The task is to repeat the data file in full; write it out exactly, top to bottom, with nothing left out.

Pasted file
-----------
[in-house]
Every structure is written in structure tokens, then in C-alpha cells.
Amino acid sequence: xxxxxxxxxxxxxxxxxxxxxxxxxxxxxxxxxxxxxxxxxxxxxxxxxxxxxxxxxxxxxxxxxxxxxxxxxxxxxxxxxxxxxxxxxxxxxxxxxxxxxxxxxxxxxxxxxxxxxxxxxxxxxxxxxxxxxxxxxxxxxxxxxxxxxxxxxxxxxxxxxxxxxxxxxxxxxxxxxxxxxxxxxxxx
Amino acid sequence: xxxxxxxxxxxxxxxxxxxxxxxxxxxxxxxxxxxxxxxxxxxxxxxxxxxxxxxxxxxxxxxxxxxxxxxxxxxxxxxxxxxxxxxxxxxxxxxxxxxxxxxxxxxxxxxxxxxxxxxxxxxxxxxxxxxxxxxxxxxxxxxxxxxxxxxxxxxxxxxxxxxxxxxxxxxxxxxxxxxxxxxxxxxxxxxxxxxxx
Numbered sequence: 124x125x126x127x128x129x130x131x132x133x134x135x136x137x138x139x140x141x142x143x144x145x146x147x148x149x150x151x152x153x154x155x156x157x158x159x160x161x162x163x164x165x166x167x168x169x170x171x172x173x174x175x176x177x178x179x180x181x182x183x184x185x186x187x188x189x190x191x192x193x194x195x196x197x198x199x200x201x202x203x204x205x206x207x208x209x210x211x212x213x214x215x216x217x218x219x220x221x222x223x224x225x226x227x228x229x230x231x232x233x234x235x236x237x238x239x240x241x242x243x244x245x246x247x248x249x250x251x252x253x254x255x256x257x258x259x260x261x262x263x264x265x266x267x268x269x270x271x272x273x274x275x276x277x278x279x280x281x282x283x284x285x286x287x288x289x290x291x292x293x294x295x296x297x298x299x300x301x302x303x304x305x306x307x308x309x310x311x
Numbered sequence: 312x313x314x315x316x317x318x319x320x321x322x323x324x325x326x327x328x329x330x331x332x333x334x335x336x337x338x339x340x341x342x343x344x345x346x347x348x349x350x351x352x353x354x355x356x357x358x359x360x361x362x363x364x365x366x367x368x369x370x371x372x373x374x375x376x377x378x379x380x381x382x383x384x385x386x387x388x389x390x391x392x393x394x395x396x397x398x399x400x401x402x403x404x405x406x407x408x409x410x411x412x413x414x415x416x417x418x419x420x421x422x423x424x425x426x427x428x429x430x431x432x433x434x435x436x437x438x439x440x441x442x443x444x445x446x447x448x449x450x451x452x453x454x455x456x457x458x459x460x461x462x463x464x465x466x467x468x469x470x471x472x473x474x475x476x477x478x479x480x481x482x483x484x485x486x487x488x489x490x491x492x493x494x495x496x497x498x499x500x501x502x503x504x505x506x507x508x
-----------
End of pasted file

[in-house]
Every structure is written in structure tokens, then in C-alpha cells.
Amino acid sequence: xxxxxxxxxxxxxxxxxxxxxxxxxxxxxxxxxxxxxxxxxxxxxxxxxxxxxxxxxxxxxxxxxxxxxxxxxxxxxxxxxxxxxxxxxxxxxxxxxxxxxxxxxxxxxxxxxxxxxxxxxxxxxxxxxxxxxxxxxxxxxxxxxxxxxxxxxxxxxxxxxxxxxxxxxxxxxxxxxxxxxxxxxxxx
Amino acid sequence: xxxxxxxxxxxxxxxxxxxxxxxxxxxxxxxxxxxxxxxxxxxxxxxxxxxxxxxxxxxxxxxxxxxxxxxxxxxxxxxxxxxxxxxxxxxxxxxxxxxxxxxxxxxxxxxxxxxxxxxxxxxxxxxxxxxxxxxxxxxxxxxxxxxxxxxxxxxxxxxxxxxxxxxxxxxxxxxxxxxxxxxxxxxxxxxxxxxxx
Numbered sequence: 124x125x126x127x128x129x130x131x132x133x134x135x136x137x138x139x140x141x142x143x144x145x146x147x148x149x150x151x152x153x154x155x156x157x158x159x160x161x162x163x164x165x166x167x168x169x170x171x172x173x174x175x176x177x178x179x180x181x182x183x184x185x186x187x188x189x190x191x192x193x194x195x196x197x198x199x200x201x202x203x204x205x206x207x208x209x210x211x212x213x214x215x216x217x218x219x220x221x222x223x224x225x226x227x228x229x230x231x232x233x234x235x236x237x238x239x240x241x242x243x244x245x246x247x248x249x250x251x252x253x254x255x256x257x258x259x260x261x262x263x264x265x266x267x268x269x270x271x272x273x274x275x276x277x278x279x280x281x282x283x284x285x286x287x288x289x290x291x292x293x294x295x296x297x298x299x300x301x302x303x304x305x306x307x308x309x310x311x
Numbered sequence: 312x313x314x315x316x317x318x319x320x321x322x323x324x325x326x327x328x329x330x331x332x333x334x335x336x337x338x339x340x341x342x343x344x345x346x347x348x349x350x351x352x353x354x355x356x357x358x359x360x361x362x363x364x365x366x367x368x369x370x371x372x373x374x375x376x377x378x379x380x381x382x383x384x385x386x387x388x389x390x391x392x393x394x395x396x397x398x399x400x401x402x403x404x405x406x407x408x409x410x411x412x413x414x415x416x417x418x419x420x421x422x423x424x425x426x427x428x429x430x431x432x433x434x435x436x437x438x439x440x441x442x443x444x445x446x447x448x449x450x451x452x453x454x455x456x457x458x459x460x461x462x463x464x465x466x467x468x469x470x471x472x473x474x475x476x477x478x479x480x481x482x483x484x485x486x487x488x489x490x491x492x493x494x495x496x497x498x499x500x501x502x503x504x505x506x507x508x